Some researchers have found that the solar energy reflected off cool pavement can actually increase how hot pedestrians feel. Taha, however, said that his study indicated an "improvement in thermal sensation," noting that every location within Pacoima has "its own dynamics" that could lead to slightly different results. Mean radiant temperature - a measurement of thermal comfort - "goes up and down. It's not always cooler," he said. "The overwhelming effect is the cooling."

But no matter how effective reflective coatings are, they can't beat shade, V. Kelly Turner, associate director of the University of California, Los Angeles' Luskin Center for Innovation and an associate professor of urban planning and geography, said in an email. Shade can cool people by up to 30 degrees Celsius, or 54 degrees Fahrenheit, in hot, dry environments, she said.

"No change in surface will protect the body from heat as effectively as preventing sunlight from hitting the body in the first place," she said. "Shade - blocking the sun with trees, canopies, and tall features like walls and buildings - is by far the most effective way to cool people outdoors."

She noted that reflective pavement doesn't have a large effect on air temperature unless it is deployed widely and, even when that happens, the cooling benefit is moderate. She believes that reflective pavement is an appropriate choice in locations where it would be difficult to replace surfaces that absorb a lot of heat with "something else like vegetation and where the goal of mitigating surface material contributions to heat is the priority as opposed to protecting people's bodies outdoors."

"I think cities should see reflective pavement as one tool among many, if deployed comprehensively, that could mitigate the regional urban heat island," Turner said. "They should see this goal as parsimonious from the public health goal of protecting people's bodies from the sun."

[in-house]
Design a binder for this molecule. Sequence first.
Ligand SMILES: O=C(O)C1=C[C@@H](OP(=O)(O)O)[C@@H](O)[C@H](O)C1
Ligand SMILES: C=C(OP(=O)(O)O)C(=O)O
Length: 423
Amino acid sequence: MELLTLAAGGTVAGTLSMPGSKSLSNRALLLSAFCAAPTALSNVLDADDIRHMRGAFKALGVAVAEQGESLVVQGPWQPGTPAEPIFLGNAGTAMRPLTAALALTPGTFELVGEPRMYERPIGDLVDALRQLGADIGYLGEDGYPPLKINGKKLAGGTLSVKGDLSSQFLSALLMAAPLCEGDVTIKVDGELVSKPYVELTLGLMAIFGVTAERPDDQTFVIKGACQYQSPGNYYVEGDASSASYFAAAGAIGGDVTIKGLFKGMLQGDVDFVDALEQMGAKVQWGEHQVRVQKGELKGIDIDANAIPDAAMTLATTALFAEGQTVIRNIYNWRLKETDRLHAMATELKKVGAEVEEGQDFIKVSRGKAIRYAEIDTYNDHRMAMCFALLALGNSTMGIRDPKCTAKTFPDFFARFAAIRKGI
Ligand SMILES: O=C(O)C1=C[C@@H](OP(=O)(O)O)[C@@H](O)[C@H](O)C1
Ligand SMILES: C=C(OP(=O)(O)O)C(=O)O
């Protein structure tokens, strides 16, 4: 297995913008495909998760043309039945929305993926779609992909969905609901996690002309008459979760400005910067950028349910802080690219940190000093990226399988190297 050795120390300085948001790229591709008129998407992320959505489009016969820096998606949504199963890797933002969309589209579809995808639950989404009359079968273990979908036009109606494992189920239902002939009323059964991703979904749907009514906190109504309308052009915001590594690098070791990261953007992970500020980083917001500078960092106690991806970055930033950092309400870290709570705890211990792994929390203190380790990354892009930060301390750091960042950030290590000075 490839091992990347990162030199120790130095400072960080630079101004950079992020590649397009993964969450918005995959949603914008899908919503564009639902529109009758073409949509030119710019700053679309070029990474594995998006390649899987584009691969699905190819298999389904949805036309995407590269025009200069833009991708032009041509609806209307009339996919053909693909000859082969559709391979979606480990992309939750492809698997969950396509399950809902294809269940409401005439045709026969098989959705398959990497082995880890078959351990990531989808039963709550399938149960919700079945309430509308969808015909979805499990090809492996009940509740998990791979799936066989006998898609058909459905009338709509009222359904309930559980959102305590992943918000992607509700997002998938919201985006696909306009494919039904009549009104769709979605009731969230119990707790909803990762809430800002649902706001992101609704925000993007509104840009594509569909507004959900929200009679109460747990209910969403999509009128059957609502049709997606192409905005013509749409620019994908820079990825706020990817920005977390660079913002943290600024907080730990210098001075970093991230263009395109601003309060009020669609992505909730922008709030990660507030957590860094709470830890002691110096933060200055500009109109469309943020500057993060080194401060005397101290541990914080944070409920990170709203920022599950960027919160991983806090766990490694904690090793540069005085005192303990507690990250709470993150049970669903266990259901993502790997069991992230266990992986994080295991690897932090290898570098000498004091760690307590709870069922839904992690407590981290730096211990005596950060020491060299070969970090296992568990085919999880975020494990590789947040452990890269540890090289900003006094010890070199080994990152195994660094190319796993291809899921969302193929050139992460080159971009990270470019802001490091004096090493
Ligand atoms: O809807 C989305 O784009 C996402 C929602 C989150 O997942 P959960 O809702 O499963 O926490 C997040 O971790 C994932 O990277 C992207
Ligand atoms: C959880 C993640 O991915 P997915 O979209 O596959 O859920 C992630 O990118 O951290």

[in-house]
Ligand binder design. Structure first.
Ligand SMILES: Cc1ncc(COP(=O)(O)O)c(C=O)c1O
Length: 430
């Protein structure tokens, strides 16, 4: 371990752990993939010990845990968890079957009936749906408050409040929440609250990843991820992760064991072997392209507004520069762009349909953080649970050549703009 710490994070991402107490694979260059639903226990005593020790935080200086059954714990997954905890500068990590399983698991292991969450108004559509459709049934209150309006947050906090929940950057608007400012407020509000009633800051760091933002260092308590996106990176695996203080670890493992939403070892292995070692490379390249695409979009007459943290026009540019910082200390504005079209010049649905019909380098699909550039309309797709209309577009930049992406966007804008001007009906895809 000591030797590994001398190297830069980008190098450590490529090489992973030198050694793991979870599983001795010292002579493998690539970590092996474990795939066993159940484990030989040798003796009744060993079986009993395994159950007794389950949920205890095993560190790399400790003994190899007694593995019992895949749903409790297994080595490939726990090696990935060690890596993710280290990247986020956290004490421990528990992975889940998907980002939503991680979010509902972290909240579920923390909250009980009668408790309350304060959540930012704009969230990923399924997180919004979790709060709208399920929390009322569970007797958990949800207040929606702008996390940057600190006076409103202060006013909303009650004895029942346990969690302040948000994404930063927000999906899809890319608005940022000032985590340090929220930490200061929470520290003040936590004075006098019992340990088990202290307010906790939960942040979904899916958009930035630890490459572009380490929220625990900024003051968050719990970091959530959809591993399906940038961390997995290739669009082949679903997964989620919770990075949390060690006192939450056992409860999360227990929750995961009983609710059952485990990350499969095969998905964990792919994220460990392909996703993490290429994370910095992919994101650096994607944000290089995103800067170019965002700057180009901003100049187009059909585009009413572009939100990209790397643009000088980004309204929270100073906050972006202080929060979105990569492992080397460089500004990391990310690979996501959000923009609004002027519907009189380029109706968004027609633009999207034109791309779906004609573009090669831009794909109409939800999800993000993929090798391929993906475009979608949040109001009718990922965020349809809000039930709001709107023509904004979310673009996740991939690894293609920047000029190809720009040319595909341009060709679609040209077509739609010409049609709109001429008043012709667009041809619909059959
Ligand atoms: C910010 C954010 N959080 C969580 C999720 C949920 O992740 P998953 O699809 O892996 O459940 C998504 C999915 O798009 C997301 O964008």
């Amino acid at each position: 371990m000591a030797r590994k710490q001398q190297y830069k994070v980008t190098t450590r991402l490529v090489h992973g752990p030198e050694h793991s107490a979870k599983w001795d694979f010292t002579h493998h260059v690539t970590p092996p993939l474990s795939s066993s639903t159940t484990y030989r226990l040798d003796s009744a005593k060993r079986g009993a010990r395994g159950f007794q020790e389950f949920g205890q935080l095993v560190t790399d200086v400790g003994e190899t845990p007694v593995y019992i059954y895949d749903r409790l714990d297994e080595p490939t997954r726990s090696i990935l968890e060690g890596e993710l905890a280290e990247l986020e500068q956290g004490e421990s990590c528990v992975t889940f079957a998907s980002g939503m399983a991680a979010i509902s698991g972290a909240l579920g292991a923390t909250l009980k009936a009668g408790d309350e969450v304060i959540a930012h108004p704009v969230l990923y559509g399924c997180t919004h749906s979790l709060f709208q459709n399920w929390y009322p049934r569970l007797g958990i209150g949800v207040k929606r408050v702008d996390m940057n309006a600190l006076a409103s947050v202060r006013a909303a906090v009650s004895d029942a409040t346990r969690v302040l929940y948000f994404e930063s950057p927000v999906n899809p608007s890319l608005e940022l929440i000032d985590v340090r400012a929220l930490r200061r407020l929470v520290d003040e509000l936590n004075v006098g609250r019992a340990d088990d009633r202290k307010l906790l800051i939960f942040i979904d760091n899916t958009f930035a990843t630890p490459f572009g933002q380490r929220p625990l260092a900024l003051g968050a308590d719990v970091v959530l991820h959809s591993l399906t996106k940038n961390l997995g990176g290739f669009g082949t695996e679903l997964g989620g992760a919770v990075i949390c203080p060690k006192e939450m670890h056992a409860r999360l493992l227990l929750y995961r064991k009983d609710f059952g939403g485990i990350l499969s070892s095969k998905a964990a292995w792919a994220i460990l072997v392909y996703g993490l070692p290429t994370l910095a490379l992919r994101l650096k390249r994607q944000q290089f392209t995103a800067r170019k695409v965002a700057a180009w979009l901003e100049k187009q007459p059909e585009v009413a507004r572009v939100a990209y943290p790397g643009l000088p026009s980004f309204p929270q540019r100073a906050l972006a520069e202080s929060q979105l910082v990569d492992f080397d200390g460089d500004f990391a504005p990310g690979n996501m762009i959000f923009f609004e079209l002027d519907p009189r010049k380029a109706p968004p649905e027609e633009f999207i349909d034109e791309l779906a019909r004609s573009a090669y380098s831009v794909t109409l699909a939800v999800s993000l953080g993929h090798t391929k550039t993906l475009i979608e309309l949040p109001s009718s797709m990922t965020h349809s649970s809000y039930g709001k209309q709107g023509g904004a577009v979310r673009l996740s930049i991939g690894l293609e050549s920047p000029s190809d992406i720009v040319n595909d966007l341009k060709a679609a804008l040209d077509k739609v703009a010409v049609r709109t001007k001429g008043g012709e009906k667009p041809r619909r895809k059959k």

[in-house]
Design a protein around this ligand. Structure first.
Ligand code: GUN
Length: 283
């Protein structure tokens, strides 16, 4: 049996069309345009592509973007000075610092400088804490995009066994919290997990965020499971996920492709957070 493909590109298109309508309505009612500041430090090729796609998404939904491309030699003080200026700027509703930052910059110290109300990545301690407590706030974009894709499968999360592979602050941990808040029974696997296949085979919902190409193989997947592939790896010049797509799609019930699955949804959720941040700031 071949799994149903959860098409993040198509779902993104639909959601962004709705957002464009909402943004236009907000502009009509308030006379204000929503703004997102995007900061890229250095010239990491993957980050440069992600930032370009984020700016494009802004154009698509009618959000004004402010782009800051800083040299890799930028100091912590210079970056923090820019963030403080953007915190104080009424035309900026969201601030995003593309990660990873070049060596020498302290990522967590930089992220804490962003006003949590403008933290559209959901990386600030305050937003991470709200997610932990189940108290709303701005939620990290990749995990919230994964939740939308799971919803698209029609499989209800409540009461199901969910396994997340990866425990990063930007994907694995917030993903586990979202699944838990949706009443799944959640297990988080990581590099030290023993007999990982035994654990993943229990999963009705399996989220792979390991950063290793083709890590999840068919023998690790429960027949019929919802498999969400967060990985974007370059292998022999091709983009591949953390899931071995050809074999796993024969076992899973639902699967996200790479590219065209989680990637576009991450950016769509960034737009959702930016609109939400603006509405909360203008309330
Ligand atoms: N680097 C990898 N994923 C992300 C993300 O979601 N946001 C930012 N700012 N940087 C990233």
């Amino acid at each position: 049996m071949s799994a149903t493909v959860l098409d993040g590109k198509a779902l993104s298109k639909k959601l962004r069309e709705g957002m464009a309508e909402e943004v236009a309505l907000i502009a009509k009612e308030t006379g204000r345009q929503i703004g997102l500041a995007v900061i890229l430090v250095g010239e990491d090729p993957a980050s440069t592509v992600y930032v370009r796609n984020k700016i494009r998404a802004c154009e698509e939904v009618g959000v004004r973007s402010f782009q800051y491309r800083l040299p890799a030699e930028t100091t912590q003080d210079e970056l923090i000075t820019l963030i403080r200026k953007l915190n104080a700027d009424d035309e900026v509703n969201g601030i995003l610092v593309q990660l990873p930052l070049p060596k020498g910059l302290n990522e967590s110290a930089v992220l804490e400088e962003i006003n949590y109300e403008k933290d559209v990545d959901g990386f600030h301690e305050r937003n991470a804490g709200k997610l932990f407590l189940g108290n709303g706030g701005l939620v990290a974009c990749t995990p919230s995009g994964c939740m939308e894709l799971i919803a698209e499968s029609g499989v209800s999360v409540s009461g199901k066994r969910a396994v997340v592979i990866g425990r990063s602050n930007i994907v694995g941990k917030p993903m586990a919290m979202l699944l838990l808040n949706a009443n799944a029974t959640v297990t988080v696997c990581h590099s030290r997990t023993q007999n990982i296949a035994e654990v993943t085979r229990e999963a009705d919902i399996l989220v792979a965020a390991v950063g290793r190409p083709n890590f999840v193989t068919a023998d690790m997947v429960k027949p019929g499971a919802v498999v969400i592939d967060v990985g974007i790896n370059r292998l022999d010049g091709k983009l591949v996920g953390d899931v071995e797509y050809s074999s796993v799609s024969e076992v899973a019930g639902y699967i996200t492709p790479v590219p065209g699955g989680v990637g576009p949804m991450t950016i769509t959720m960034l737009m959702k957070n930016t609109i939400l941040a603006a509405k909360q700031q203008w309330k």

Ysabelle Kempe wrote this article for Smart Cities Dive.


get more stories like this via email

more stories
Maryland has more than 750,000 renter households, representing 33% of all households in the state. (Adobe Stock)

Social Issues

play sound

With rising housing costs an ongoing issue, a new report shows how fast rents have increased in Maryland and nationwide. The National Low Income …


Environment

play sound

The federal Bureau of Land Management has published a new plan for managing public lands which will put oil and gas management in sync with Colorado's…

Social Issues

play sound

More than 60 million Americans identify as disabled and many of them turn to nonprofit agencies such as Easterseals for therapy and other assistance…


Nationwide statistics show while overall reported hate crimes decreased by about 7% in 2023 compared to 2022, hate crime events motivated by sexual orientation bias increased 3.6%.(Anastasiia/Adobe Stock)

Social Issues

play sound

Hate crimes against members of the LGBTQ+ community have risen for the second year in a row, according to the latest "State of Pride" report from the …

Social Issues

play sound

After a historic weekend, politics turned out to be the major topic Monday at the national convention of more than 3,500 teachers union members…

The United States has 403 centers for independent living, according to the National Council on Independent Living. (Adobe Stock)

Health and Wellness

play sound

Advocates for individuals with disabilities want the state of Nevada to further embrace what is known as the "independent living" model. Dawn Lyons…

Environment

play sound

As the Atlantic coast braces for what could be an active hurricane season, environmental groups are warning about the dangers of agricultural …

Social Issues

play sound

Civic organizations with ideas for improving their communities have a new opportunity to turn their ideas into reality, thanks to recently awarded …

 

Phone: 303.448.9105 Toll Free: 888.891.9416 Fax: 208.247.1830 Your trusted member- and audience-supported news source since 1996 Copyright 2021